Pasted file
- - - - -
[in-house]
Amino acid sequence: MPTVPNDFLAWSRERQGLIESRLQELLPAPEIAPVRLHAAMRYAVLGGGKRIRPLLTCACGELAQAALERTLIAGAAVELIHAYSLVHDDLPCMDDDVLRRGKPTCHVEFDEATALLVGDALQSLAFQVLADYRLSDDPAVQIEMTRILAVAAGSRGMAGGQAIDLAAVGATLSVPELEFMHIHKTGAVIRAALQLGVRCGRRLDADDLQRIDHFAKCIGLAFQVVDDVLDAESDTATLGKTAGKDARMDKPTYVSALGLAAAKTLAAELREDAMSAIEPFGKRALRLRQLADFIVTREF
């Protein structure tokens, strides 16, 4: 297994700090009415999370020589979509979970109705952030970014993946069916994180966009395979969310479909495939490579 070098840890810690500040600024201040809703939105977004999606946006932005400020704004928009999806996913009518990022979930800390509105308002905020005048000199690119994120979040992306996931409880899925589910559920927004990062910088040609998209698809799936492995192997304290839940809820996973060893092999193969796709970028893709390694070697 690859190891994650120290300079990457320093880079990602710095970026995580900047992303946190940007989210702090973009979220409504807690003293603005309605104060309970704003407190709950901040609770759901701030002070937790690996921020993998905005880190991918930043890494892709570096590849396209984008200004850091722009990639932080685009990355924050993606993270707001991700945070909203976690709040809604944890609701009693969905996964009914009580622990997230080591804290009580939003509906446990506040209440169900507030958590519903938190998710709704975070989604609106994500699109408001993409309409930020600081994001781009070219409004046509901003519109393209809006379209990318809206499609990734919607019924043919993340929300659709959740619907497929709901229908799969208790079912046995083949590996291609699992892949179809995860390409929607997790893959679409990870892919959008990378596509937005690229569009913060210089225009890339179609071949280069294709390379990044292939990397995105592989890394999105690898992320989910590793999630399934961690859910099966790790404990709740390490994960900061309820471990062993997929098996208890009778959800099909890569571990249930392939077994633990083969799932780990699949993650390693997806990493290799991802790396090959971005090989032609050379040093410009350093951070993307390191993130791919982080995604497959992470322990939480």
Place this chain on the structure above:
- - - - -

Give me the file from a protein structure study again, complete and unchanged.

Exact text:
[in-house]
Amino acid sequence: MPTVPNDFLAWSRERQGLIESRLQELLPAPEIAPVRLHAAMRYAVLGGGKRIRPLLTCACGELAQAALERTLIAGAAVELIHAYSLVHDDLPCMDDDVLRRGKPTCHVEFDEATALLVGDALQSLAFQVLADYRLSDDPAVQIEMTRILAVAAGSRGMAGGQAIDLAAVGATLSVPELEFMHIHKTGAVIRAALQLGVRCGRRLDADDLQRIDHFAKCIGLAFQVVDDVLDAESDTATLGKTAGKDARMDKPTYVSALGLAAAKTLAAELREDAMSAIEPFGKRALRLRQLADFIVTREF
């Protein structure tokens, strides 16, 4: 297994700090009415999370020589979509979970109705952030970014993946069916994180966009395979969310479909495939490579 070098840890810690500040600024201040809703939105977004999606946006932005400020704004928009999806996913009518990022979930800390509105308002905020005048000199690119994120979040992306996931409880899925589910559920927004990062910088040609998209698809799936492995192997304290839940809820996973060893092999193969796709970028893709390694070697 690859190891994650120290300079990457320093880079990602710095970026995580900047992303946190940007989210702090973009979220409504807690003293603005309605104060309970704003407190709950901040609770759901701030002070937790690996921020993998905005880190991918930043890494892709570096590849396209984008200004850091722009990639932080685009990355924050993606993270707001991700945070909203976690709040809604944890609701009693969905996964009914009580622990997230080591804290009580939003509906446990506040209440169900507030958590519903938190998710709704975070989604609106994500699109408001993409309409930020600081994001781009070219409004046509901003519109393209809006379209990318809206499609990734919607019924043919993340929300659709959740619907497929709901229908799969208790079912046995083949590996291609699992892949179809995860390409929607997790893959679409990870892919959008990378596509937005690229569009913060210089225009890339179609071949280069294709390379990044292939990397995105592989890394999105690898992320989910590793999630399934961690859910099966790790404990709740390490994960900061309820471990062993997929098996208890009778959800099909890569571990249930392939077994633990083969799932780990699949993650390693997806990493290799991802790396090959971005090989032609050379040093410009350093951070993307390191993130791919982080995604497959992470322990939480």
Place this chain on the structure above: